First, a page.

|US4827127 *||Oct 24, 1986||May 2, 1989||Hitachi, Ltd.||Apparatus using charged particle beam|
|US4882486 *||Apr 21, 1989||Nov 21, 1989||U.S. Philips Corporation||Electron detection with energy discrimination|
|US4912052 *||Sep 23, 1988||Mar 27, 1990||Kabushiki Kaisha Toshiba||Method of testing semiconductor elements|
|US4954773 *||Jul 28, 1988||Sep 4, 1990||Siemens Aktiengesellschaft||Voltage measurement with an electron probe without external trigger signal|
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|US6949744||Apr 16, 2004||Sep 27, 2005||Carl Zeiss Nts Gmbh||Electron microscopy system, electron microscopy method and focusing system for charged particles|
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|EP0178431A1 *||Aug 22, 1985||Apr 23, 1986||ICT Integrated Circuit Testing Gesellschaft für Halbleiterprüftechnik mbH||Counterfield spectrometer for electron beam measurement|
|EP0236807A2 *||Feb 18, 1987||Sep 16, 1987||Siemens Aktiengesellschaft||Spectrometer objective for the corpuscular beam measuring technique|
|U.S. Classification||250/305, 850/9, 324/754.22, 324/762.02|
|International Classification||H01J37/05, G01R31/305, H01J37/252, H01J49/44, G01R31/302, G01R31/26, H01L21/66, G01Q30/02|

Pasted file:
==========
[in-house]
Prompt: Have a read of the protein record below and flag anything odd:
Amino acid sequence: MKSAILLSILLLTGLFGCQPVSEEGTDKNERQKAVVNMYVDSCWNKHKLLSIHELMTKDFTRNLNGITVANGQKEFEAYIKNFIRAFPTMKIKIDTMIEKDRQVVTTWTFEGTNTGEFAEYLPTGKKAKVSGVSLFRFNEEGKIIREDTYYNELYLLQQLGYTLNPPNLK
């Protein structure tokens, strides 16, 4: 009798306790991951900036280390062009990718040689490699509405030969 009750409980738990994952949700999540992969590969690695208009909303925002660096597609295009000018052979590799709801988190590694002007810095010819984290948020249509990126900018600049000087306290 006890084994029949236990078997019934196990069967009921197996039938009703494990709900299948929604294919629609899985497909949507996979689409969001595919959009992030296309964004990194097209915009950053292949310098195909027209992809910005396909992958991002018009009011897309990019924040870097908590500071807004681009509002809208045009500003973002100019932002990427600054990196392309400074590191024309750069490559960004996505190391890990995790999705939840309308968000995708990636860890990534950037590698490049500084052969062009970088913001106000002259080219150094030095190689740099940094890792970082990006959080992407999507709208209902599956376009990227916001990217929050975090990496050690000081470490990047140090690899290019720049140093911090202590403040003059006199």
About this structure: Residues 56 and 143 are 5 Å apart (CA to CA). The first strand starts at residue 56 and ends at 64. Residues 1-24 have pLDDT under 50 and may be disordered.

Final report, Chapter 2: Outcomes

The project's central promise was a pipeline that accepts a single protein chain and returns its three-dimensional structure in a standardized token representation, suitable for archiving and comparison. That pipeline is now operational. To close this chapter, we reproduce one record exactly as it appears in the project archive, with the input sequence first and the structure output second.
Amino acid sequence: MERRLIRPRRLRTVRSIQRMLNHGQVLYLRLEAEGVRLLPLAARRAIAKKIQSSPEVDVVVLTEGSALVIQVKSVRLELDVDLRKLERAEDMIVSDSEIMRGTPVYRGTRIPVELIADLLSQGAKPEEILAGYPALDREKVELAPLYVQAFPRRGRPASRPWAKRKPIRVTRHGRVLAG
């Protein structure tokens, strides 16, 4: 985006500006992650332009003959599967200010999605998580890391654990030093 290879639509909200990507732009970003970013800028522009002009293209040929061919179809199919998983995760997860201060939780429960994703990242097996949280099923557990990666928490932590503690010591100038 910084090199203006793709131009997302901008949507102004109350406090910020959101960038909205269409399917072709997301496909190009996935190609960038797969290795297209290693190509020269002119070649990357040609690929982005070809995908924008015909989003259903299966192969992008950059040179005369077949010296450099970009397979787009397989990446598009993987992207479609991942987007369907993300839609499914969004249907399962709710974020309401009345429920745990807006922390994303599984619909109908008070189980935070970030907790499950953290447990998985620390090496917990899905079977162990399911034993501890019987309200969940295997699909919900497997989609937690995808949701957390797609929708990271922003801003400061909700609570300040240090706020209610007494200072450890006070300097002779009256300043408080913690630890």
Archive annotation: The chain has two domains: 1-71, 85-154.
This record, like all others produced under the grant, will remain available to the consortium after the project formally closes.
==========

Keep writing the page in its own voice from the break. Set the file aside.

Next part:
|Cooperative Classification||H01J37/05, G01R31/305|
|European Classification||H01J37/05, G01R31/305|
|Aug 19, 1982||AS||Assignment|
Owner name: SIEMENS AKTIENGESELLSCHAFT; BERLIN AND MUNICH, A
Free format text: ASSIGNMENT OF ASSIGNORS INTEREST.;ASSIGNOR:PLIES, ERICH;REEL/FRAME:004084/0916
Effective date: 19820802
|Jan 22, 1988||FPAY||Fee payment|
Year of fee payment: 4
|Dec 14, 1989||AS||Assignment|
Owner name: ICT INTEGRATED CIRCUIT TESTING GESELLSCHAFT FUR HA
Free format text: ASSIGNMENT OF ASSIGNORS INTEREST.;ASSIGNOR:SIEMENS AKTIENGESELLSCHAFT;REEL/FRAME:005213/0120
Effective date: 19891009
|Jan 17, 1992||FPAY||Fee payment|
Year of fee payment: 8
|Aug 23, 1995||AS||Assignment|
Owner name: ADVANTEST CORPORATION, JAPAN
Free format text: ASSIGNMENT OF ASSIGNORS INTEREST;ASSIGNOR:ICT INTEGRATED CIRCUIT TESTINGGESELLSCHAFT FUR HALBLEITERPRUFTECHNIK MBH;REEL/FRAME:007588/0954
Effective date: 19950721
|Dec 21, 1995||FPAY||Fee payment|
Year of fee payment: 12
|Jan 22, 1996||AS||Assignment|
Owner name: ACT ADVANCED CIRCUIT TESTING GESELLSCHAFT FUR TEST
Free format text: ASSIGNMENT OF ASSIGNORS INTEREST;ASSIGNOR:ICT INTEGRATED CIRCUIT TESTING GESELLSCHAFT FUR HALBLEITERPRUFTECHNIK MBH;REEL/FRAME:007773/0906
Effective date: 19951213
|May 14, 1996||AS||Assignment|
Owner name: ADVANTEST CORPORATION, JAPAN
Free format text: ASSIGNMENT OF ASSIGNORS INTEREST;ASSIGNOR:ACT ADVANCED CIRCUIT TESTING GESELLSCHAFT FUR TESTSYSTEMENTWICKLUNG MBH;REEL/FRAME:007969/0557
Effective date: 19960314